I’m off to South Carolina to cover the Family Circle Cup for BetterTV (go here to see a bunch of my Better segments), so I thought I’d make Kendrick’s “new favorite” dish for dinner tonight. I made a whole bunch of Chicken Vesuvio, because I want him to not starve over the next couple of days. This time, I used a couple of suggestions sent in by reader Heather: I dredged the chicken pieces in flour first (to make them brown nicely and to give the sauce a bit more body), and I used semi-thinly sliced white potatoes.
Now, I’m hardly an authority on food photography…but I’m trying to get better, and I found Andrew Scrivani’s New York Times article unbelievably informative (thanks to reader Alana for sending on the link!). When I took the above photo, I tried to use all of his suggestions. Let’s take ‘em one at a time:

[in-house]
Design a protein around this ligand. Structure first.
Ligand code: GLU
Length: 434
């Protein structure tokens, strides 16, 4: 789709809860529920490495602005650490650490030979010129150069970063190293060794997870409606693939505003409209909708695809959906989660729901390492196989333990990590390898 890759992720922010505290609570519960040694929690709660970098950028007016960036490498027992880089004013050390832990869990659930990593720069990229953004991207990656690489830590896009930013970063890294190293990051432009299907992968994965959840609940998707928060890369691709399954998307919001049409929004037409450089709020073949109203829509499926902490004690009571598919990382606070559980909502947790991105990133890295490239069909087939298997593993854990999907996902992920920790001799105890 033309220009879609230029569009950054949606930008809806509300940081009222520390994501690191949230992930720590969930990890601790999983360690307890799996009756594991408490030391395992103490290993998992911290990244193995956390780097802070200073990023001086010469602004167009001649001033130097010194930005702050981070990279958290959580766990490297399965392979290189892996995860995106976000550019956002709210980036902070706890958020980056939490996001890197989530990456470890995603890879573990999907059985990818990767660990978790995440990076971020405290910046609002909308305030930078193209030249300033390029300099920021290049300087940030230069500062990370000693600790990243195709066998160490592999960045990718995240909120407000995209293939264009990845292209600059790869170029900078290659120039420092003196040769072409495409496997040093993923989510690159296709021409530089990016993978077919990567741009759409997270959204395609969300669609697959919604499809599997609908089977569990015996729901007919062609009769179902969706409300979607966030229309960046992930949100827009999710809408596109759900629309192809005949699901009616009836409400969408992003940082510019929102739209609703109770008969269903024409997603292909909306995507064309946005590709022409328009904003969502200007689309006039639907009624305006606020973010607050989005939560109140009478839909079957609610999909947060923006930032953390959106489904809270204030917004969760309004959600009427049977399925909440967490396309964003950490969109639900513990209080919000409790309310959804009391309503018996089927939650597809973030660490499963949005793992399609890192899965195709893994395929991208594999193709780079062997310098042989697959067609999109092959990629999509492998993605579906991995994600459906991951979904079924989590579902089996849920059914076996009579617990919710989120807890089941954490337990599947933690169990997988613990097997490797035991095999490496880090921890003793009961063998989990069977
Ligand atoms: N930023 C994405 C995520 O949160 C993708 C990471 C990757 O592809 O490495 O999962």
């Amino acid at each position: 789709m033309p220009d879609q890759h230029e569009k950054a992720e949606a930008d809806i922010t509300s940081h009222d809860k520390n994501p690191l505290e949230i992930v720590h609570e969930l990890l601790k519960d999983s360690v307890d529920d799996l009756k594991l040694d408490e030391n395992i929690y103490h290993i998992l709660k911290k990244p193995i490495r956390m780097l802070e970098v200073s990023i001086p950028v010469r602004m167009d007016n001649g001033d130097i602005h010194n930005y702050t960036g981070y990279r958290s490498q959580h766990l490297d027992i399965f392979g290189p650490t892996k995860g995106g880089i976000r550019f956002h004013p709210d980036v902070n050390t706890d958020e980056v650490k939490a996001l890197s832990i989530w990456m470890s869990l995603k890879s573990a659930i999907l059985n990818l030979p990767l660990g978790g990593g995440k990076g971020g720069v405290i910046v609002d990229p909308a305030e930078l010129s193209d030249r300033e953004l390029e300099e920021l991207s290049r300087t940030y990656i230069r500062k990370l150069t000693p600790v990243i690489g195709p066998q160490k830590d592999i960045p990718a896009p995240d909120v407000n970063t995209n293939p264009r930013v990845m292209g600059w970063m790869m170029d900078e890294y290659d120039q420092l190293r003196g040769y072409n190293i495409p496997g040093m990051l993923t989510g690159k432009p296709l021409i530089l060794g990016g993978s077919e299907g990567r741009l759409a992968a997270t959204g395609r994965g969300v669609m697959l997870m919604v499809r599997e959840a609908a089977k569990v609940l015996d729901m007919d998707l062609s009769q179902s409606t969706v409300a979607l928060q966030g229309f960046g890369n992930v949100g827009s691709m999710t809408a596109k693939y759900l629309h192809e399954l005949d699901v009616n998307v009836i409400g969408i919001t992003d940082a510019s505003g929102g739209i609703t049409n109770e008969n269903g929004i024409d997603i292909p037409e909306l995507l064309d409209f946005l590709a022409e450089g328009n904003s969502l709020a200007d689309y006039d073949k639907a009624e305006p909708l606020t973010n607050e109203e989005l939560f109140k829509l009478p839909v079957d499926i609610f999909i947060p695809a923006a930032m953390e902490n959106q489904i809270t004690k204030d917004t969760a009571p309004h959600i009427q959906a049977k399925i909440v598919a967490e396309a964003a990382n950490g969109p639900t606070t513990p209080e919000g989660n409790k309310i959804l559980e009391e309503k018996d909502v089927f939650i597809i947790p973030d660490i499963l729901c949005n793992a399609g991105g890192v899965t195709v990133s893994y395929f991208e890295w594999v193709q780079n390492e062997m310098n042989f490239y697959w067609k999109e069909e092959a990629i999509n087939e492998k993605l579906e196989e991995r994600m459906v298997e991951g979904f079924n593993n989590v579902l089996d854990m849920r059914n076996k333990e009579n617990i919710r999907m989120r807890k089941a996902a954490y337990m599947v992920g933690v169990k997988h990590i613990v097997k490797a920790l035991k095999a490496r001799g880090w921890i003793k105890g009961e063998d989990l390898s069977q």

1. Shoot in natural light whenever possible. I couldn’t shoot in natural light (it was nighttime), but I did turn off the flash.
2. Fill your frame with the food. I tried to minimize the empty space in the shot, filling the frame with the food (and a touch of the plate, which I think is pretty – it’s Kate Spade, from our wedding registry).
3. Set up your frame with the same care you might apply to dressing yourself for a night out. I did my best to arrange the plate carefully, loading much less onto it than Kendrick wanted to eat (I added about three more heaping scoops immediately after the photo was taken, much to his delight). I don’t like salad much (save for this one and this one), but I put some on the plate for color’s sake.
4. For bright and sunny days…soften the level of brightness [using a white card or paper]. N/A (nighttime), but I did place the plate on a neutral-colored tablecloth because Scrivani advises that “neutral colors like white or tan will help reflect light back on your subject.”
5. When shooting in low light, move the food to the brightest part of the room. Done! I put the plate on our dining room table, right next to our brightest lamp (which I set off to the left so that the food was side-lit, as Scrivani advises).
(I’d also add one more tip: I’ve found that the more complex the plate, the more it behooves you to photograph it directly from above; simpler plates often look better from a low side angle.)
So…is the photo better than usual? Any other suggestions?